Since I’m moving soon and will no longer be so close to one of my favorite wine destinations in the Pacific Northwest, Walla Walla, I pretty much HAD to fit in a visit before I leave. Packing or wine tasting? Duh. Of course I couldn’t go wine tasting alone, so I needed to find a sidekick. My friend Sarah likes wine and we always have a good time, so she was the obvious choice. No brainer.
You may remember that last April I visited Walla Walla and had a successful weekend of wine and fun (you can read it all here if you missed it). My latest trip just may have topped it… not only did we have excellent wines, but we managed to hit up quite a few new places, did some barrel tastings, and ate really amazing food. All signs of a good weekend, right?
Quick recap on Walla Walla – it’s a cute, historic and unpretentious wine destination in southeastern Washington (the AVA actually spills over into Oregon, too). Not surprisingly, it was just named one of the top wine destinations of 2014 by Wine Enthusiast. As much as I love the quaintness of Walla Walla, there’s no mistaking that this is a booming wine destination that is only going to keep growing. Let’s hope that it doesn’t become spoiled and change too much (and get too pricey) because part of its charm is due to the fact that the community is so friendly and welcoming.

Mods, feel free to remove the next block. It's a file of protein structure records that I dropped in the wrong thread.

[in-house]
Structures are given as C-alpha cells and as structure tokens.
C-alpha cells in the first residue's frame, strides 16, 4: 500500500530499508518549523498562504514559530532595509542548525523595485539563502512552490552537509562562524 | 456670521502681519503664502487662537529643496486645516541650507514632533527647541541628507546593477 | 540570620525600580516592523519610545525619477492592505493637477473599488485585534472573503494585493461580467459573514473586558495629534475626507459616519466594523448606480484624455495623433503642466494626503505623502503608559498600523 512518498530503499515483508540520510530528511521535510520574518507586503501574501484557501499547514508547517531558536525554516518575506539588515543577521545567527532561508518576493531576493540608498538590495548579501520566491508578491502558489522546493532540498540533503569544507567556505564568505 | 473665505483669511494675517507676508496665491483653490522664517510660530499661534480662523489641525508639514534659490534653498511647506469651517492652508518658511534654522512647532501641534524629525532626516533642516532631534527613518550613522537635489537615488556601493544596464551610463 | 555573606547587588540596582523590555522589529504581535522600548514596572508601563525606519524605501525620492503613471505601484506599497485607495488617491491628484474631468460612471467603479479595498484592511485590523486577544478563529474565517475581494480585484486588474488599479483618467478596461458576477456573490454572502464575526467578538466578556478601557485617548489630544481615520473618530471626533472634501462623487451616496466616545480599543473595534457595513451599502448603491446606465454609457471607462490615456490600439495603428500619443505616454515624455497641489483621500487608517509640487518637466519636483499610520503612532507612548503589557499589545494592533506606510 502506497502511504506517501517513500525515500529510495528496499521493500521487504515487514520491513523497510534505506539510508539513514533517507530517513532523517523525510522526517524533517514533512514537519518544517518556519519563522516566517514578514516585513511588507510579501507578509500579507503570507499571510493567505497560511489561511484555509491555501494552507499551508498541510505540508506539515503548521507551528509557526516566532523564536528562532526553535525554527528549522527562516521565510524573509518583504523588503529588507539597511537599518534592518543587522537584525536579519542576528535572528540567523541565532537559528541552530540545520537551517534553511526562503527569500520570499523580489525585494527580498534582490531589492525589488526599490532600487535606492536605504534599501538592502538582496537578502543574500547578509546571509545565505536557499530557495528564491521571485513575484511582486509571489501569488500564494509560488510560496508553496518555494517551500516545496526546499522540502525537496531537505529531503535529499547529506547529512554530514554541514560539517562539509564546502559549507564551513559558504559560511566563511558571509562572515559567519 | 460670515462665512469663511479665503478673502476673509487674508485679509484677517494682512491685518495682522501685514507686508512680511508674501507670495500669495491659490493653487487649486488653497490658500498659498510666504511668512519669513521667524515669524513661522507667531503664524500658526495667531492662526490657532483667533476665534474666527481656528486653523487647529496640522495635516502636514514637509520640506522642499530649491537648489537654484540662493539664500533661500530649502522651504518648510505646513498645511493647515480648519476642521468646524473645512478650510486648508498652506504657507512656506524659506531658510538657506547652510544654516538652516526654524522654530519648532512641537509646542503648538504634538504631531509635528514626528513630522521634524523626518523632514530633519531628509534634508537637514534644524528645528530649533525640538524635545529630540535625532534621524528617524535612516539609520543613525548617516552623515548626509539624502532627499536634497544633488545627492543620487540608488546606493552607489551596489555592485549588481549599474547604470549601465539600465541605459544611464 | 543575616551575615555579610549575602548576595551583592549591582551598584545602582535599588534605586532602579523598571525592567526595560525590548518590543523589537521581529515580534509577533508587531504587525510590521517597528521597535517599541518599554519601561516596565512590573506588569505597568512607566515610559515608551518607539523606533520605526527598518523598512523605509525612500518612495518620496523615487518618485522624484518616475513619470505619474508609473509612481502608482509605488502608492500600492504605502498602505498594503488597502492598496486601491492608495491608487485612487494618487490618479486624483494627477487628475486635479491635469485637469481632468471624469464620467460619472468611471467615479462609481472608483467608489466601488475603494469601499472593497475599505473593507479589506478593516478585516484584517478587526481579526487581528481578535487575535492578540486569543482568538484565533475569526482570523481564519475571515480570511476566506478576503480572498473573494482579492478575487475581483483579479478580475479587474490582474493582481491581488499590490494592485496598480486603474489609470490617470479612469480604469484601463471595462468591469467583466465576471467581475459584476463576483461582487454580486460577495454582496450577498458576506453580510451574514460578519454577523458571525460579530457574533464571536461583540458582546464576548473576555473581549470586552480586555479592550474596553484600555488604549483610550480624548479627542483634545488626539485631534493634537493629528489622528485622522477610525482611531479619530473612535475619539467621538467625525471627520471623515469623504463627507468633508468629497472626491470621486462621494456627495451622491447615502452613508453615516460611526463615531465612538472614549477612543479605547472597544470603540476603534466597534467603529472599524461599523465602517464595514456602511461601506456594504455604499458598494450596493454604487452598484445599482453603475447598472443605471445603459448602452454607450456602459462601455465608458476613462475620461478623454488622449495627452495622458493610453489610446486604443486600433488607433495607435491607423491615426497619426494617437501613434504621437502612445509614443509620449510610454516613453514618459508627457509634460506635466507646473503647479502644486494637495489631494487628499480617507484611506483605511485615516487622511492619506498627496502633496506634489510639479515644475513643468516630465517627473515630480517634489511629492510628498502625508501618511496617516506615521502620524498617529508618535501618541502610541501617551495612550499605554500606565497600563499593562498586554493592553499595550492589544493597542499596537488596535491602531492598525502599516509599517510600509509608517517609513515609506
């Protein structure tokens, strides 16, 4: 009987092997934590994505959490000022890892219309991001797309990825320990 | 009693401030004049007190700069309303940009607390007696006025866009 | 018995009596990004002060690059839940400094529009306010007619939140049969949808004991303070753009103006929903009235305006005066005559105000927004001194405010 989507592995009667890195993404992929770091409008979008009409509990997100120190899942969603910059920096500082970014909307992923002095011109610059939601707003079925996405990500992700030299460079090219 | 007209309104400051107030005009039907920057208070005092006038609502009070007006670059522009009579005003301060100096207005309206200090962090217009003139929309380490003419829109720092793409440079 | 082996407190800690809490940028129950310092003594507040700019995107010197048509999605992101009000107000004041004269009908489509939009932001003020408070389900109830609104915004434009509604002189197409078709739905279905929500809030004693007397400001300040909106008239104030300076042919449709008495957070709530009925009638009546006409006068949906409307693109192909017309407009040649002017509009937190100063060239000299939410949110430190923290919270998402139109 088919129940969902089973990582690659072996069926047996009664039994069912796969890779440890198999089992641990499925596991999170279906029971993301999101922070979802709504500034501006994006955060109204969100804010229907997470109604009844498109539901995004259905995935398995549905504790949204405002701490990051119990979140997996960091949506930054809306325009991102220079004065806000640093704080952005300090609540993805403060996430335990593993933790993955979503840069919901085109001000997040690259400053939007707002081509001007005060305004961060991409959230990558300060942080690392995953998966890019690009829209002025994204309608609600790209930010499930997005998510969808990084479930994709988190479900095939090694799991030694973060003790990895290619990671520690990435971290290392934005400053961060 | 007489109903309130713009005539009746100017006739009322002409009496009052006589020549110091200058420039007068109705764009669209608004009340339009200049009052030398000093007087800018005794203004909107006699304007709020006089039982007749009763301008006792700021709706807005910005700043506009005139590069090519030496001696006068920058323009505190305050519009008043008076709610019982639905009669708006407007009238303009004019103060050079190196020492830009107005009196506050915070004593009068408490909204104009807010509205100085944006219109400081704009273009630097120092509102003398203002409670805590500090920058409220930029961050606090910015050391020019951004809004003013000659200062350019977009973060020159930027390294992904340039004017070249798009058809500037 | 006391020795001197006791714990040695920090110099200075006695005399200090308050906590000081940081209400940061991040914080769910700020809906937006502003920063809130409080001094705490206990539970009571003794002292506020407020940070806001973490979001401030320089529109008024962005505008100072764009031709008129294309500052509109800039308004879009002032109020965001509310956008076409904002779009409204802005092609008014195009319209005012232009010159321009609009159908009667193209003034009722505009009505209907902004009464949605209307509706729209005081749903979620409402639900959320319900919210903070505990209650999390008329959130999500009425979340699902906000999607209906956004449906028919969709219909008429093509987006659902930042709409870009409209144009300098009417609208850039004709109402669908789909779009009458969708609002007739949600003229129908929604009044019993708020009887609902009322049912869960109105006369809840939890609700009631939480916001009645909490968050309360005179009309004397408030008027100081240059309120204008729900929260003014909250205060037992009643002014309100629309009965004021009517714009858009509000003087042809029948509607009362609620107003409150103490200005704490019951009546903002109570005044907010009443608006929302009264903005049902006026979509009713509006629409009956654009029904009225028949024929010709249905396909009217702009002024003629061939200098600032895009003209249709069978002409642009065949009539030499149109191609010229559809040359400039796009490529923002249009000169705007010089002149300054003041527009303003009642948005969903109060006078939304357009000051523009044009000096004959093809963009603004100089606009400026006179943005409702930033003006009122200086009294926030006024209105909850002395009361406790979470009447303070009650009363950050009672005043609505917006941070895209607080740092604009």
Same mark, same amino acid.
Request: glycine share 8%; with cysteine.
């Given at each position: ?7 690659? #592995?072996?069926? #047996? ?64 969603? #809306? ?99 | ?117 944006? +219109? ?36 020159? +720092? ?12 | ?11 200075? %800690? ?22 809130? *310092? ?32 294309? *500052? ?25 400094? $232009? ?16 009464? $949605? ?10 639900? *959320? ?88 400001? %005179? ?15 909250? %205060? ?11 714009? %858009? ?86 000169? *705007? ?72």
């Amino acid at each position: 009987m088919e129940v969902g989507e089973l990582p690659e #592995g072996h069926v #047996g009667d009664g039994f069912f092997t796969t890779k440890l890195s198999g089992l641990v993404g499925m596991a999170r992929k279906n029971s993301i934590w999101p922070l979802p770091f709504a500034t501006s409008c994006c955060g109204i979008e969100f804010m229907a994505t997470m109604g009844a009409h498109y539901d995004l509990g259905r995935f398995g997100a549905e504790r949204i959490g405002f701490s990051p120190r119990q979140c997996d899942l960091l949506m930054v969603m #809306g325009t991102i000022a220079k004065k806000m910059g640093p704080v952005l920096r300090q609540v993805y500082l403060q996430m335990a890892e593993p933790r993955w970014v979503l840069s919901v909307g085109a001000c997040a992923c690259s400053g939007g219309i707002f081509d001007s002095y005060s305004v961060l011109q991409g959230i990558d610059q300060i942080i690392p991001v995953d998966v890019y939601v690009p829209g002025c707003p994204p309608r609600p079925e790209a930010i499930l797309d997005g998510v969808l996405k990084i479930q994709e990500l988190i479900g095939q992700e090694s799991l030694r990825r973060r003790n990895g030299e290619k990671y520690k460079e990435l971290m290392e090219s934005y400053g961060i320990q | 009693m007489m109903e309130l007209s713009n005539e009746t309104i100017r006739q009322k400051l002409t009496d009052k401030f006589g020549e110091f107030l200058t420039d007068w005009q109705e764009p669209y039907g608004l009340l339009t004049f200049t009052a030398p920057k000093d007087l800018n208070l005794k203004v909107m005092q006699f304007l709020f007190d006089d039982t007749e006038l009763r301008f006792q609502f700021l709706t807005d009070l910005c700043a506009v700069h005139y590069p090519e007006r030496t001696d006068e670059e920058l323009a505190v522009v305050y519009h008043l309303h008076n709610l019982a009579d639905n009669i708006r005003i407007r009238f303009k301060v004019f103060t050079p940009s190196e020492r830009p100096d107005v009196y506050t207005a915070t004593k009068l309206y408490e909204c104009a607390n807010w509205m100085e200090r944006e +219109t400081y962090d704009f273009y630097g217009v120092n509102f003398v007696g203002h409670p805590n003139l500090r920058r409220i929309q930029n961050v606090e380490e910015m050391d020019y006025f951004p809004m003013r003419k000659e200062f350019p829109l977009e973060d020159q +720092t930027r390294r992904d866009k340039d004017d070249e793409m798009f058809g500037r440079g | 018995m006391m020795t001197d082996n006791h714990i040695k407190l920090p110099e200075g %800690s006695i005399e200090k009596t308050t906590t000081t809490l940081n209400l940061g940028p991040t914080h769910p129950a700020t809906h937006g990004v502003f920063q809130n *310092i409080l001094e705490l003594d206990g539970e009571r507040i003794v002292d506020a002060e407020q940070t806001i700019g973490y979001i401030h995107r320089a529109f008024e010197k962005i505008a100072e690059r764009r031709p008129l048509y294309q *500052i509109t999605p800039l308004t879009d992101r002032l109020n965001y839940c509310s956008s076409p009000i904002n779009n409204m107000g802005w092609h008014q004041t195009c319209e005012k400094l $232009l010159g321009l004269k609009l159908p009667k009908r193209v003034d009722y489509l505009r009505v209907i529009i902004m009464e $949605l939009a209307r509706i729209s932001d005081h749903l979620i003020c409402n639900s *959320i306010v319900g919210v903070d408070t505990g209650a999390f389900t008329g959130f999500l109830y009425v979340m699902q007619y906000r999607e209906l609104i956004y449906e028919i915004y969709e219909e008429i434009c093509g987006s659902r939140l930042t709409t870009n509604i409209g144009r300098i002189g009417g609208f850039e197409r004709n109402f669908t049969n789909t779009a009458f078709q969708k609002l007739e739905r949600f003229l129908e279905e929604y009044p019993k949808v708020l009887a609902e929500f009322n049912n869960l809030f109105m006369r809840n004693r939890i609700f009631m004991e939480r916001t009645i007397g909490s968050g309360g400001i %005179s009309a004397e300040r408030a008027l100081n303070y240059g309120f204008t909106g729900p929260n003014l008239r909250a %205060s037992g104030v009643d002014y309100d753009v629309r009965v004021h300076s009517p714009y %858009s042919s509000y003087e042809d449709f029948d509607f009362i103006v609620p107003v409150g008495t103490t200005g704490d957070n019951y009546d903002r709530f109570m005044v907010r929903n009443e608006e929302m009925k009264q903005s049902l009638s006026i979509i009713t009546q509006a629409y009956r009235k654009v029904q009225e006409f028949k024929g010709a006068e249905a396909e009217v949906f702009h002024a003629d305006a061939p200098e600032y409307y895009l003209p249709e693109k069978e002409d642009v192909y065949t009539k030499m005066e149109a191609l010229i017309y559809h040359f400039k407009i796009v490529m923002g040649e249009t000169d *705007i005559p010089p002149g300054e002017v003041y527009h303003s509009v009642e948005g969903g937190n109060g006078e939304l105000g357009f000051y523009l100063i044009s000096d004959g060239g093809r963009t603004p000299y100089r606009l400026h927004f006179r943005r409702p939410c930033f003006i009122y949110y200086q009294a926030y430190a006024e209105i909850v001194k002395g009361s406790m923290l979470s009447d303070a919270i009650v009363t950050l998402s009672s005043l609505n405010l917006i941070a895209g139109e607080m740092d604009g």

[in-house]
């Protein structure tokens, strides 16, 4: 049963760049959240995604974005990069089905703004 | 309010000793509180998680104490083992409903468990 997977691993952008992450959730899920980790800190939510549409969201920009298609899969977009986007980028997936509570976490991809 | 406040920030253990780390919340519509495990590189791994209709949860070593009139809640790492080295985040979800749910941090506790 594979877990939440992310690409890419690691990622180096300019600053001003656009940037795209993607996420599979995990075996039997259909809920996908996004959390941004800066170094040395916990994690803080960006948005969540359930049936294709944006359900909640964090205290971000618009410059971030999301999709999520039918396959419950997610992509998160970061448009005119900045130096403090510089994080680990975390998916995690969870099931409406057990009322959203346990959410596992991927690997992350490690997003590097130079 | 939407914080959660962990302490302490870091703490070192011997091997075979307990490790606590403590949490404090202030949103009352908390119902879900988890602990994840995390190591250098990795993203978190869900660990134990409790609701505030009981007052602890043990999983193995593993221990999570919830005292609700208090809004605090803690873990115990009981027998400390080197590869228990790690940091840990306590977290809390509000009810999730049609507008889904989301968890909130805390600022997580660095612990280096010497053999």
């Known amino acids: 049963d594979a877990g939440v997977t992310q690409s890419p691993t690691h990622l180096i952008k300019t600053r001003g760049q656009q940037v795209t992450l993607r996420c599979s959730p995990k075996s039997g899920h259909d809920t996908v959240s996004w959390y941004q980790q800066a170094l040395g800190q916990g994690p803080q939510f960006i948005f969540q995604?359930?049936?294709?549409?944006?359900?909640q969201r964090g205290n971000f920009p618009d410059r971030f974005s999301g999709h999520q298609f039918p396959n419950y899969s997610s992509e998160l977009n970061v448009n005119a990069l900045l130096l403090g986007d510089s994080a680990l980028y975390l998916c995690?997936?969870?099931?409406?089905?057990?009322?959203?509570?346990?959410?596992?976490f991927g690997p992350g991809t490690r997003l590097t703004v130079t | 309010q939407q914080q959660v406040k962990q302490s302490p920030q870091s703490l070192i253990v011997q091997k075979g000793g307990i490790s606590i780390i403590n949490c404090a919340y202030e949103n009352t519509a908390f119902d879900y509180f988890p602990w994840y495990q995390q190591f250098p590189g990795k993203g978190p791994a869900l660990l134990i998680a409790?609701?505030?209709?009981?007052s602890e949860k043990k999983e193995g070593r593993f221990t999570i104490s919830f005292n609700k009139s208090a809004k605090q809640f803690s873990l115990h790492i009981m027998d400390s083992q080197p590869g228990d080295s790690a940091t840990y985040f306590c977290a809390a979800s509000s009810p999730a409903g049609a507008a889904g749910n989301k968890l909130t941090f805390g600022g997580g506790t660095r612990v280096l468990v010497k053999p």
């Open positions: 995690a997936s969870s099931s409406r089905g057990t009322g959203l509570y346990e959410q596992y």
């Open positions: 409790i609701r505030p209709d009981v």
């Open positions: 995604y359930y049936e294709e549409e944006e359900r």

Walla Walla is a fun place to taste wine not only because the wines are top notch, but also because the climate and soil make it easy for winemakers to experiment with many different varieties of wine. There aren’t many places that you can taste a good Cabernet, Cab Franc, Syrah, Sauv Blanc, Viognier, Sangiovese and even Barbera all in the same day, repeatedly.
When we arrived Friday night, we went straight to dinner at Saffron Mediterranean Kitchen. If you only eat at one restaurant while in town, you must go here. The menu is really unique and inventive – from wild boar lasagna to lamb tagine and flatbreads, it’s delish.
The patatas bravas were unreal, and the sturgeon that Sarah ordered was actually amazing (I had food envy and I don’t even like seafood that much). After dinner, we got a quick drink at Marcy’s Bar with my friend Blake, who is one of the winemakers at Saviah, before calling it a night.
Prior to a full day of wine tasting, one must eat a delicious, filling breakfast (along with a mimosa, naturally), so we headed to Bacon & Eggs. (Thanks for the rec, FoodWineClick!).
I’m obsessed. Not only is the place cute, but the food is locally sourced and seriously delicious. We were tempted to order one of everything, but settled on some eggs with chorizo. Remember what I said about Saffron if you only eat at one place in Walla Walla? Scratch that. They’re both mandatory. :)